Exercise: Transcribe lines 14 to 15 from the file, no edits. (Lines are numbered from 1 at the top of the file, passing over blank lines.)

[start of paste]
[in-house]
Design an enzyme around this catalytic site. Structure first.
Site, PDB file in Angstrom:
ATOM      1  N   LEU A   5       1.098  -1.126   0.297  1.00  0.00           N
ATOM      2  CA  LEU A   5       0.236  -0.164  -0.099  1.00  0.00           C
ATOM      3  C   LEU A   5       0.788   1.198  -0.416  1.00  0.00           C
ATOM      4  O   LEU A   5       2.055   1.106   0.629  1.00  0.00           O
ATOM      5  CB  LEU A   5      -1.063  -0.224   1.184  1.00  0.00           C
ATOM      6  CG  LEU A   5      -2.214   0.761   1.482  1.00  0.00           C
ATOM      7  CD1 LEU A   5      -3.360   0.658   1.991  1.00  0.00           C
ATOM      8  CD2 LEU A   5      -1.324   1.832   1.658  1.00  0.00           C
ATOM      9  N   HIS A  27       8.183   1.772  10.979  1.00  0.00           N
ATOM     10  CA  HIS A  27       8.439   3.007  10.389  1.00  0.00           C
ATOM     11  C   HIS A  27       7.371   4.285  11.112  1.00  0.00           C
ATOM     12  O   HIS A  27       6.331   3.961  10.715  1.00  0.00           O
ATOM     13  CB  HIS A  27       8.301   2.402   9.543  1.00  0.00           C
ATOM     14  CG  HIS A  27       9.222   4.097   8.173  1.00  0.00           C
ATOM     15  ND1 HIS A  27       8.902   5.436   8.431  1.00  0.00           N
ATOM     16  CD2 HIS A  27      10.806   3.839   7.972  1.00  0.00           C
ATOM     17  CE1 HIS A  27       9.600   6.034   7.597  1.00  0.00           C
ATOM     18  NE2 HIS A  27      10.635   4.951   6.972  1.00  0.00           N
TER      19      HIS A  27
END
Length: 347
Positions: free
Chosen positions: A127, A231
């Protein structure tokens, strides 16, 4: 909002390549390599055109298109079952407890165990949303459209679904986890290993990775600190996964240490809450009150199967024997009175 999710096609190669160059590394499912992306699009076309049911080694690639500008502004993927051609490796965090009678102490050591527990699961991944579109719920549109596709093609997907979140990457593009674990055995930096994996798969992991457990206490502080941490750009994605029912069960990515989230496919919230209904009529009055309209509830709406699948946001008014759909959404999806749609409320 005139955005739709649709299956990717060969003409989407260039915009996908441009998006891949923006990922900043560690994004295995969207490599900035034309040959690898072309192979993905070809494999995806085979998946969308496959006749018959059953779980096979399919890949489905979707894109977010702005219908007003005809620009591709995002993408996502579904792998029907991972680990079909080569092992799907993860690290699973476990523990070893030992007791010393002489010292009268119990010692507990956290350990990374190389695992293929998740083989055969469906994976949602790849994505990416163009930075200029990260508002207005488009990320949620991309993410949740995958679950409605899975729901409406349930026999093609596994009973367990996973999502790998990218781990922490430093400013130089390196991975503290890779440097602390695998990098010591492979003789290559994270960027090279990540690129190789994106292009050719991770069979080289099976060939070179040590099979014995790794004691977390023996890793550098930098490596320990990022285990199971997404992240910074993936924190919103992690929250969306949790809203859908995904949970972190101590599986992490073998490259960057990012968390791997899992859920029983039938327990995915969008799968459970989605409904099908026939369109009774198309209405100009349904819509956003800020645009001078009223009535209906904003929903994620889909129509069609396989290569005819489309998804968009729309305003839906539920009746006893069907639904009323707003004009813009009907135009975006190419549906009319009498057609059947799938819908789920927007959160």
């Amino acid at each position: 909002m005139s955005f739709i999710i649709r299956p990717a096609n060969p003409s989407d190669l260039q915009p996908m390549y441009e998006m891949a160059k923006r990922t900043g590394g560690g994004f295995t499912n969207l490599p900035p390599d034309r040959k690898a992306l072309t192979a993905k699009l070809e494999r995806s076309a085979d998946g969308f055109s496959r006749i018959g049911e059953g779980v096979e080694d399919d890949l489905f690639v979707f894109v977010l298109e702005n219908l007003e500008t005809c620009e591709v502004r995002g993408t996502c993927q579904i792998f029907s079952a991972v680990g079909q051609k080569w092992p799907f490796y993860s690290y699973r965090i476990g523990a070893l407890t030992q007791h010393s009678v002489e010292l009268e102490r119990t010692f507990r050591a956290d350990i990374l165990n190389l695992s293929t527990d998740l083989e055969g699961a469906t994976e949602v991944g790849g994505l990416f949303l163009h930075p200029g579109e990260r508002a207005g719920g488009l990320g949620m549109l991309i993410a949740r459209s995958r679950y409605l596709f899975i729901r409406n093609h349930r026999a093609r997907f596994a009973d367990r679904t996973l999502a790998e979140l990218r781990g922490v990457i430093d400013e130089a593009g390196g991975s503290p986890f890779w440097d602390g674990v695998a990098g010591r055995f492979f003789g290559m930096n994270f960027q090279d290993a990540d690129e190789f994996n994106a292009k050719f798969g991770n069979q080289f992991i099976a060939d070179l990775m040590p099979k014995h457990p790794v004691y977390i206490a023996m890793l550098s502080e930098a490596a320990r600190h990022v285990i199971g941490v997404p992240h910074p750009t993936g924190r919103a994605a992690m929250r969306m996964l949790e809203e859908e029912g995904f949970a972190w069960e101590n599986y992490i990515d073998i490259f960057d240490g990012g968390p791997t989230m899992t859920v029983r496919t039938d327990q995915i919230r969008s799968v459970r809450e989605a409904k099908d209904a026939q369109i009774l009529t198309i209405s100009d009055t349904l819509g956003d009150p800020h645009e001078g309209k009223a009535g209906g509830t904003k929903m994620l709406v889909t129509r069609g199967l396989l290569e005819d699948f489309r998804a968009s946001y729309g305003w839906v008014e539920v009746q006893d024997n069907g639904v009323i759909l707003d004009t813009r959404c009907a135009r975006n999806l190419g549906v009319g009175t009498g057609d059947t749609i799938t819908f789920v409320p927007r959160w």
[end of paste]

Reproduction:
ATOM     11  C   HIS A  27       7.371   4.285  11.112  1.00  0.00           C
ATOM     12  O   HIS A  27       6.331   3.961  10.715  1.00  0.00           O